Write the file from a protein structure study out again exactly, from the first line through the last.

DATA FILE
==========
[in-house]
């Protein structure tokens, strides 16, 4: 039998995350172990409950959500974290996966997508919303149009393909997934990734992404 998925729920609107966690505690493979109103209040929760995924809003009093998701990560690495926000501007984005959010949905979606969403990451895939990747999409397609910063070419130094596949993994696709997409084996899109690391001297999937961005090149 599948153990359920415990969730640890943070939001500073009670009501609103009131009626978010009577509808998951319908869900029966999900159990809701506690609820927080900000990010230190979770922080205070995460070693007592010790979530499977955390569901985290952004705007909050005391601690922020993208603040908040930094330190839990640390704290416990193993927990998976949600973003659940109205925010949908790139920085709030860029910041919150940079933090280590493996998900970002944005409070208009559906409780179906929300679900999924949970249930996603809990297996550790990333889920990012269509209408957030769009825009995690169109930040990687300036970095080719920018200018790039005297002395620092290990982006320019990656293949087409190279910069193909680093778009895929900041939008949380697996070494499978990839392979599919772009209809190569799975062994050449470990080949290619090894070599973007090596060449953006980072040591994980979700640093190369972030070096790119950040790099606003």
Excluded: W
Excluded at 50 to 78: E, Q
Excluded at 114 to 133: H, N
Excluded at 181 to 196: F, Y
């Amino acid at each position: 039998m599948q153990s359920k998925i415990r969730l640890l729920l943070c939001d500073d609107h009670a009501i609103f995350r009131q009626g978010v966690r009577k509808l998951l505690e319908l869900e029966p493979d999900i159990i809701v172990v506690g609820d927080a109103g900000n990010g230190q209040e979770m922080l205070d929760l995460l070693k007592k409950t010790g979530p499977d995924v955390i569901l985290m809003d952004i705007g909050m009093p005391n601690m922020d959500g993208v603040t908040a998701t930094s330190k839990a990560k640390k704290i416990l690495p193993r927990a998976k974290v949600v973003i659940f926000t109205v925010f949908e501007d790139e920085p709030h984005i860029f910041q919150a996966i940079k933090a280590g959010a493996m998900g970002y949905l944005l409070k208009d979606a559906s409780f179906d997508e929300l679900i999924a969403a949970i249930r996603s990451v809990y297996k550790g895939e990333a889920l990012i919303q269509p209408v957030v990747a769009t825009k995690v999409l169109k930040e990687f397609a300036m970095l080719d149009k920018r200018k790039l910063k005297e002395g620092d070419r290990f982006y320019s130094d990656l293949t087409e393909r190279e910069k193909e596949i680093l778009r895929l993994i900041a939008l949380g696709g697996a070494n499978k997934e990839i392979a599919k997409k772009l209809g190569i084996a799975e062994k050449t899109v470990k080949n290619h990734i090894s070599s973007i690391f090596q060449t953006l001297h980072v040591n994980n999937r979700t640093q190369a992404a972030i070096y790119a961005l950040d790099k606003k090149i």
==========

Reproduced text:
[in-house]
């Protein structure tokens, strides 16, 4: 039998995350172990409950959500974290996966997508919303149009393909997934990734992404 998925729920609107966690505690493979109103209040929760995924809003009093998701990560690495926000501007984005959010949905979606969403990451895939990747999409397609910063070419130094596949993994696709997409084996899109690391001297999937961005090149 599948153990359920415990969730640890943070939001500073009670009501609103009131009626978010009577509808998951319908869900029966999900159990809701506690609820927080900000990010230190979770922080205070995460070693007592010790979530499977955390569901985290952004705007909050005391601690922020993208603040908040930094330190839990640390704290416990193993927990998976949600973003659940109205925010949908790139920085709030860029910041919150940079933090280590493996998900970002944005409070208009559906409780179906929300679900999924949970249930996603809990297996550790990333889920990012269509209408957030769009825009995690169109930040990687300036970095080719920018200018790039005297002395620092290990982006320019990656293949087409190279910069193909680093778009895929900041939008949380697996070494499978990839392979599919772009209809190569799975062994050449470990080949290619090894070599973007090596060449953006980072040591994980979700640093190369972030070096790119950040790099606003």
Excluded: W
Excluded at 50 to 78: E, Q
Excluded at 114 to 133: H, N
Excluded at 181 to 196: F, Y
């Amino acid at each position: 039998m599948q153990s359920k998925i415990r969730l640890l729920l943070c939001d500073d609107h009670a009501i609103f995350r009131q009626g978010v966690r009577k509808l998951l505690e319908l869900e029966p493979d999900i159990i809701v172990v506690g609820d927080a109103g900000n990010g230190q209040e979770m922080l205070d929760l995460l070693k007592k409950t010790g979530p499977d995924v955390i569901l985290m809003d952004i705007g909050m009093p005391n601690m922020d959500g993208v603040t908040a998701t930094s330190k839990a990560k640390k704290i416990l690495p193993r927990a998976k974290v949600v973003i659940f926000t109205v925010f949908e501007d790139e920085p709030h984005i860029f910041q919150a996966i940079k933090a280590g959010a493996m998900g970002y949905l944005l409070k208009d979606a559906s409780f179906d997508e929300l679900i999924a969403a949970i249930r996603s990451v809990y297996k550790g895939e990333a889920l990012i919303q269509p209408v957030v990747a769009t825009k995690v999409l169109k930040e990687f397609a300036m970095l080719d149009k920018r200018k790039l910063k005297e002395g620092d070419r290990f982006y320019s130094d990656l293949t087409e393909r190279e910069k193909e596949i680093l778009r895929l993994i900041a939008l949380g696709g697996a070494n499978k997934e990839i392979a599919k997409k772009l209809g190569i084996a799975e062994k050449t899109v470990k080949n290619h990734i090894s070599s973007i690391f090596q060449t953006l001297h980072v040591n994980n999937r979700t640093q190369a992404a972030i070096y790119a961005l950040d790099k606003k090149i």